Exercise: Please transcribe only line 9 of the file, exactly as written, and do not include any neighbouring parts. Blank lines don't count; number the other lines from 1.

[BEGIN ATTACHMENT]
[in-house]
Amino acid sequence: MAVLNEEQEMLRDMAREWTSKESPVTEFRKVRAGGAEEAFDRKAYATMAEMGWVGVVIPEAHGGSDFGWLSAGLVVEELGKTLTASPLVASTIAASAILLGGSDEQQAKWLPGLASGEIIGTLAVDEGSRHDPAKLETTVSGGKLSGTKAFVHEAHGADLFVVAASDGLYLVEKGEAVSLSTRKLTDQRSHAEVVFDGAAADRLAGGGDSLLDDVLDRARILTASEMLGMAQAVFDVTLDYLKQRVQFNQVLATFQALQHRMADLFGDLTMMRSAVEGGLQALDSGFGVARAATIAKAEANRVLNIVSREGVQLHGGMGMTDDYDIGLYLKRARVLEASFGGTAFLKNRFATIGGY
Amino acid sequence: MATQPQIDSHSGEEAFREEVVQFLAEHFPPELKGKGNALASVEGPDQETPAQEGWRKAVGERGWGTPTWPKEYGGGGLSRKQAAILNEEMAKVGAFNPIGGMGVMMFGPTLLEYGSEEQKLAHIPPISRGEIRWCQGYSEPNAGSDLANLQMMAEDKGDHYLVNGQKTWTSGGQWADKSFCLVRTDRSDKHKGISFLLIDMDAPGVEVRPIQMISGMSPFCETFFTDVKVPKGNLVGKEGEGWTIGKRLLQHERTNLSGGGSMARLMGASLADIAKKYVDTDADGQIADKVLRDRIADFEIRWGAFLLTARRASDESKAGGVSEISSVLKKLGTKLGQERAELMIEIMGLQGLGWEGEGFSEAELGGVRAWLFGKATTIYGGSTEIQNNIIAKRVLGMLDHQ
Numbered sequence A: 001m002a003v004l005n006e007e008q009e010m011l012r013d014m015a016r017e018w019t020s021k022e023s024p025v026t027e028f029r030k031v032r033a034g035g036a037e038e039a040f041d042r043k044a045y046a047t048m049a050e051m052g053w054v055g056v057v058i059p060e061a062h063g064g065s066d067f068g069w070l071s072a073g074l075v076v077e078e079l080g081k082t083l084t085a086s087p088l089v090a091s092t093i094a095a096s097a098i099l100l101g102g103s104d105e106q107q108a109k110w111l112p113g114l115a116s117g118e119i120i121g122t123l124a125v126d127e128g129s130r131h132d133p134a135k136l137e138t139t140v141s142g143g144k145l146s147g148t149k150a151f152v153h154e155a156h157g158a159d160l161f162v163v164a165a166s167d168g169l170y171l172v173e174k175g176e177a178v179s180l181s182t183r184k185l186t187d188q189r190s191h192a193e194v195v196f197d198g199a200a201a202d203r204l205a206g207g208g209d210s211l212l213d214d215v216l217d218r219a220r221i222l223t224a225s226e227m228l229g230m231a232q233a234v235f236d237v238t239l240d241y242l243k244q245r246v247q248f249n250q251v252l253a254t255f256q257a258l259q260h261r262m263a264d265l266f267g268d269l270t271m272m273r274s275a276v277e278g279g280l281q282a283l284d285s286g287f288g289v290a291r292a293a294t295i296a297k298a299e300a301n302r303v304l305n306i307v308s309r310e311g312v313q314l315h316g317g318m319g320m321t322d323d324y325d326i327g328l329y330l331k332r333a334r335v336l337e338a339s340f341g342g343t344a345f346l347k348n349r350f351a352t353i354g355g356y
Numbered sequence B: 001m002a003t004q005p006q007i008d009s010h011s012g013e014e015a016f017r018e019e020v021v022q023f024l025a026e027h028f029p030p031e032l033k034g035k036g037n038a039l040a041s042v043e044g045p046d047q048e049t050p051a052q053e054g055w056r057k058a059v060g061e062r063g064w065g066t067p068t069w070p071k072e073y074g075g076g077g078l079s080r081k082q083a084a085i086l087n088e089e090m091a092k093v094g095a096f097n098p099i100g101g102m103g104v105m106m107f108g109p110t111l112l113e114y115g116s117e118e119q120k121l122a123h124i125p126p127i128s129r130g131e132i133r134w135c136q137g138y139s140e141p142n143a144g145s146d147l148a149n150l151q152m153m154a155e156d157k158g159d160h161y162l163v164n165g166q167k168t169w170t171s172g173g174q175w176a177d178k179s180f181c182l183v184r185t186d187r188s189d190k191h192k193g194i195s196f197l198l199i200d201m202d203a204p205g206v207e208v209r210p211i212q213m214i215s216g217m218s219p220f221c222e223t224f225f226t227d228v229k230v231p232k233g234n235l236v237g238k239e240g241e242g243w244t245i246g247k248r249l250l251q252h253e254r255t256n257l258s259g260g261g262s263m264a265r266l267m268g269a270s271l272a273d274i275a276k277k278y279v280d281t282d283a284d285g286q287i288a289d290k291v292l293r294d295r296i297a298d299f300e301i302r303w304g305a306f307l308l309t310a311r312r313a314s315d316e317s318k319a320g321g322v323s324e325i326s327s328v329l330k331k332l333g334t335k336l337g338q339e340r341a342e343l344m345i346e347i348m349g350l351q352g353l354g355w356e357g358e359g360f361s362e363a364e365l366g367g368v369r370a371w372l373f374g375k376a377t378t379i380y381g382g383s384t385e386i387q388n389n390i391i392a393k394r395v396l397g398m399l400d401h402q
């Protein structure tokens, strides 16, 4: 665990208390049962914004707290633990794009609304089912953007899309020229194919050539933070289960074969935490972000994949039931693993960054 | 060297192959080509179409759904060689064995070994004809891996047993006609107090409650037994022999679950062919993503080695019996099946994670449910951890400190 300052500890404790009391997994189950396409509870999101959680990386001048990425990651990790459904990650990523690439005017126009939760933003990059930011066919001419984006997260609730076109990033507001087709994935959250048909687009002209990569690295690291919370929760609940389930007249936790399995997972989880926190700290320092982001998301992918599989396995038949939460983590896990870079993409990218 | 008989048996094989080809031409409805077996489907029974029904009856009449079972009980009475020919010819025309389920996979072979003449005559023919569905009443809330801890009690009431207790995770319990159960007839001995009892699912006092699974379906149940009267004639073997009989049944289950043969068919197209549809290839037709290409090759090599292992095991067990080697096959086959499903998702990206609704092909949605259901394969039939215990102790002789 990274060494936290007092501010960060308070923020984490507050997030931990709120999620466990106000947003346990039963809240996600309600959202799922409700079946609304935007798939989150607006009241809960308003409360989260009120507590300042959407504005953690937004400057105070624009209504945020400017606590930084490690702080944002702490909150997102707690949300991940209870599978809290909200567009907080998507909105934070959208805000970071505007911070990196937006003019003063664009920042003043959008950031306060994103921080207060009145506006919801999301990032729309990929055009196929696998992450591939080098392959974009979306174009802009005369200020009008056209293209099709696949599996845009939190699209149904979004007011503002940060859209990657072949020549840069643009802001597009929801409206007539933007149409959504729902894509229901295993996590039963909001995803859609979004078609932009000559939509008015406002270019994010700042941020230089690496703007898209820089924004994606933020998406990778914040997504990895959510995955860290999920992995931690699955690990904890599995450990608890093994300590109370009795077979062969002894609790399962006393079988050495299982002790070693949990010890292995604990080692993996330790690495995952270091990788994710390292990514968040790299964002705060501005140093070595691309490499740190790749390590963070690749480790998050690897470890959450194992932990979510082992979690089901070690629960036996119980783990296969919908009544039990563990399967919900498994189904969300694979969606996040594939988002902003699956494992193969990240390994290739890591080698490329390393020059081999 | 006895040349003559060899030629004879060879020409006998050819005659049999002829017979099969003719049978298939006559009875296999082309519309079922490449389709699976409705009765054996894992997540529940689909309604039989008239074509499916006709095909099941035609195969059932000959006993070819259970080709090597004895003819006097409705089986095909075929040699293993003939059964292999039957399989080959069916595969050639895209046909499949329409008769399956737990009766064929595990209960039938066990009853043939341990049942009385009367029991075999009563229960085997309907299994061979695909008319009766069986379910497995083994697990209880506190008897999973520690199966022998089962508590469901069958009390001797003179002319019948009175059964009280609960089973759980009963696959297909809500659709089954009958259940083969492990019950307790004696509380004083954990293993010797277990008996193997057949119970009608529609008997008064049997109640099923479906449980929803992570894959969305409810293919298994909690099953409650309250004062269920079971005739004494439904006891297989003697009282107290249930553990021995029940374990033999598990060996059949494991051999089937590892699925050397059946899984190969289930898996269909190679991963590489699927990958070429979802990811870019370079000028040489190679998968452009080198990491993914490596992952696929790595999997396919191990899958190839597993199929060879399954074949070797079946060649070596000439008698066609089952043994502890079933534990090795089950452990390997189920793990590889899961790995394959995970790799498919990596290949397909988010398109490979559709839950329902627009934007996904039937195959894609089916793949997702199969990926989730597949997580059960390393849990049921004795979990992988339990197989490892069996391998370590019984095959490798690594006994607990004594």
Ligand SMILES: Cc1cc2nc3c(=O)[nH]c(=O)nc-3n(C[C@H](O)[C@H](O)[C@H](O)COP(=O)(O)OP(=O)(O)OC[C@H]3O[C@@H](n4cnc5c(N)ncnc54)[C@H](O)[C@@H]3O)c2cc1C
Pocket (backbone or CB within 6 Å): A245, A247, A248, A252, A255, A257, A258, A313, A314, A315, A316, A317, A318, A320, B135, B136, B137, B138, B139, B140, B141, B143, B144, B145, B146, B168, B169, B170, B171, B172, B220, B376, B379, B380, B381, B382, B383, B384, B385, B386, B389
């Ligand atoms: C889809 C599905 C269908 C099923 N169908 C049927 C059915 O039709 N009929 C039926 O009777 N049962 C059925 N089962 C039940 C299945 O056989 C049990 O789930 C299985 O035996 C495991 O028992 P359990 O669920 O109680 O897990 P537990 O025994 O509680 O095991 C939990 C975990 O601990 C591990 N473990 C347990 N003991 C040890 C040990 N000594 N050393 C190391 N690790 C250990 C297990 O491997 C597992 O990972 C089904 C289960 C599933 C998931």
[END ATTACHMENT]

């Ligand atoms: C889809 C599905 C269908 C099923 N169908 C049927 C059915 O039709 N009929 C039926 O009777 N049962 C059925 N089962 C039940 C299945 O056989 C049990 O789930 C299985 O035996 C495991 O028992 P359990 O669920 O109680 O897990 P537990 O025994 O509680 O095991 C939990 C975990 O601990 C591990 N473990 C347990 N003991 C040890 C040990 N000594 N050393 C190391 N690790 C250990 C297990 O491997 C597992 O990972 C089904 C289960 C599933 C998931």